Tuesday, October 24, 2017

Acceptance--Confessions of a Middle Age Sports Mom

"I take Xanax during the first quarter of every game."

"I eat like a Labrador Retriever...my stomach would explode if someone didn't stop me."

"Pass the chips."

"I did the least amount of volunteering this season because I was intimidated by all of you."

Insert nervous laughter after each one of these phrases and picture a middle-age woman with bad roots and tired eyes. Now imagine a group of very put together women staring at her not exactly sure what to say. The scene has been set. Not for a bad dream or a joke. Nope, this was the scene of my first Football Mom Lunch a few weeks ago with the high school varsity football moms.*
(*All the varsity football moms were incredibly nice to me.)

I don't know what made me act like I was sitting on my therapist's couch. It's pretty true to form though for me to over talk and say stupid shit when I'm nervous. Even though I am in my 40s and have reached a level of acceptance that can only be had once hormone levels have spiked and bottomed out multiple times (yeah, I'm one big perimenopausal punchline)--I still got nervous and did the whole over talk/over reveal thing. 

Maybe I did/do it because it lowers all expectations of me and there's only going up from there. Maybe it's because I really believe in keeping it real. Maybe I did/do it because it's just who I am, and I guess I can accept that.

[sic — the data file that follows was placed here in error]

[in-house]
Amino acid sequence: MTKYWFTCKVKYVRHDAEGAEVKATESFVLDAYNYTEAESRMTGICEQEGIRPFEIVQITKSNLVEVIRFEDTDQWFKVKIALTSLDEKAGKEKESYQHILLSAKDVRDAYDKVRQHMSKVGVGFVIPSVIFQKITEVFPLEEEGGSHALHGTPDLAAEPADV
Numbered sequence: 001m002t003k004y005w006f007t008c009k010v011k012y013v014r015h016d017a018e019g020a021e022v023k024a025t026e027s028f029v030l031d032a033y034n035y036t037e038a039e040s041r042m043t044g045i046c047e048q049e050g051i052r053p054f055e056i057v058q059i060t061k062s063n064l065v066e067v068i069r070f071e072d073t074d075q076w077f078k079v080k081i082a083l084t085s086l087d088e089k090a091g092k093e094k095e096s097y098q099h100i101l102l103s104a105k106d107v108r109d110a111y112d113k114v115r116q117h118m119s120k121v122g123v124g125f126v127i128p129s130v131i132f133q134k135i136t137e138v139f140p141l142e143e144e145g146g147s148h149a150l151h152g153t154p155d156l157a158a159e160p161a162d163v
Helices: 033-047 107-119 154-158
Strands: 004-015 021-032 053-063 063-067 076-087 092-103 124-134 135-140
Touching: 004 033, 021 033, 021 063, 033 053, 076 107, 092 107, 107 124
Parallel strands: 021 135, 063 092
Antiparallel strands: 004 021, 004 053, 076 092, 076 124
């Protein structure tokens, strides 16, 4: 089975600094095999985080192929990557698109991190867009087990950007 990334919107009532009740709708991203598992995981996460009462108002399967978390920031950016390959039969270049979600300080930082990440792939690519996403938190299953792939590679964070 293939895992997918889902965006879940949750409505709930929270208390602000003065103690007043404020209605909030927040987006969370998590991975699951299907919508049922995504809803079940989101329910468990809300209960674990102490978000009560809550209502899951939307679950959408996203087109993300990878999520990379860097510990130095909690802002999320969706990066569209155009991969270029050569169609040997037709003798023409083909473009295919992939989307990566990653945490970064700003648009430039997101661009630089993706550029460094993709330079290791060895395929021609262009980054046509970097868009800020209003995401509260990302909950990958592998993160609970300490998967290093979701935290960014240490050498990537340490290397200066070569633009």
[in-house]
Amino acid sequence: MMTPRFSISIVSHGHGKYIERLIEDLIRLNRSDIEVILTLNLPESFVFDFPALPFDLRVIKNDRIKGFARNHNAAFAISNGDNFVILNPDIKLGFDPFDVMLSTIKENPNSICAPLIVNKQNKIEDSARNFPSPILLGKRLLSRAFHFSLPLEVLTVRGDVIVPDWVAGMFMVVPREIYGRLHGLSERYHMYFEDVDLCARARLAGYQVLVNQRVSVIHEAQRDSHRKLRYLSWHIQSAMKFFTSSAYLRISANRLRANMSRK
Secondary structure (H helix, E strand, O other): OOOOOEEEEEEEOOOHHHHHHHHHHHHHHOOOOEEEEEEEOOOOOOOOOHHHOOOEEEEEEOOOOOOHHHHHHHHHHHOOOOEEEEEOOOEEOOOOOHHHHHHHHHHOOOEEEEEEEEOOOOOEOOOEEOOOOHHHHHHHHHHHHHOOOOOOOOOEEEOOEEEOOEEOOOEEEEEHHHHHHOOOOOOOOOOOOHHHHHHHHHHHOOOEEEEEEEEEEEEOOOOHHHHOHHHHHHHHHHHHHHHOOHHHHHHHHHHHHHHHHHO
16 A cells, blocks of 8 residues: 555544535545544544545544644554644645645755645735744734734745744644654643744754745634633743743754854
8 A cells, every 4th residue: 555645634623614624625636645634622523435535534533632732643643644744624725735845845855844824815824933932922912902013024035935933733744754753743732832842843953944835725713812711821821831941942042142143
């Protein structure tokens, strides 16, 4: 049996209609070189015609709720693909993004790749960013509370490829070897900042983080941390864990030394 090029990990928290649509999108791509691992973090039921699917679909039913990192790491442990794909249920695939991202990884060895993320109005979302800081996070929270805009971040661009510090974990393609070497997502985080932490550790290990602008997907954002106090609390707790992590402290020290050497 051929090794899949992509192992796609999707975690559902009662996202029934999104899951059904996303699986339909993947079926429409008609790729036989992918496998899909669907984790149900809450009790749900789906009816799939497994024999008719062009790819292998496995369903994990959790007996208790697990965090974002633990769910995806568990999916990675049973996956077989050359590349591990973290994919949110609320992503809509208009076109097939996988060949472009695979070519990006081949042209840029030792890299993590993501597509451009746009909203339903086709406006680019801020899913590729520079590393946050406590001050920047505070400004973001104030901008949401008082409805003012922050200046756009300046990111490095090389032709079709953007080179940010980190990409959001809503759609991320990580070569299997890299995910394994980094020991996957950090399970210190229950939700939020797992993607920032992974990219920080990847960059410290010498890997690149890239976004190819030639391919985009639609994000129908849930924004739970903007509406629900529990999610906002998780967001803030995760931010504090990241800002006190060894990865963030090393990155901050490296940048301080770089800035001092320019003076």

I have to accept that I am a nervous, worried, overtalking, always keeping it real kind of mom who doesn't care what people think but totally cares what people think at the same time. I have to accept that not everyone is going to think that's charming, or want to talk about hormones, or like my kid, or like me. 

I have to accept that I might always eat too many chips and need Xanax at Friday night football games. But I also am accepting that I am learning to be a better "sports mom." I'm learning to be more supportive of my kids and what they are passionate about even though I worry about them (a lot). I'm also learning to lean on other moms and families and support their kids and their teams. And I'm learning that I kind of like watching my kids play football.



















Thursday, September 21, 2017

The Bracelet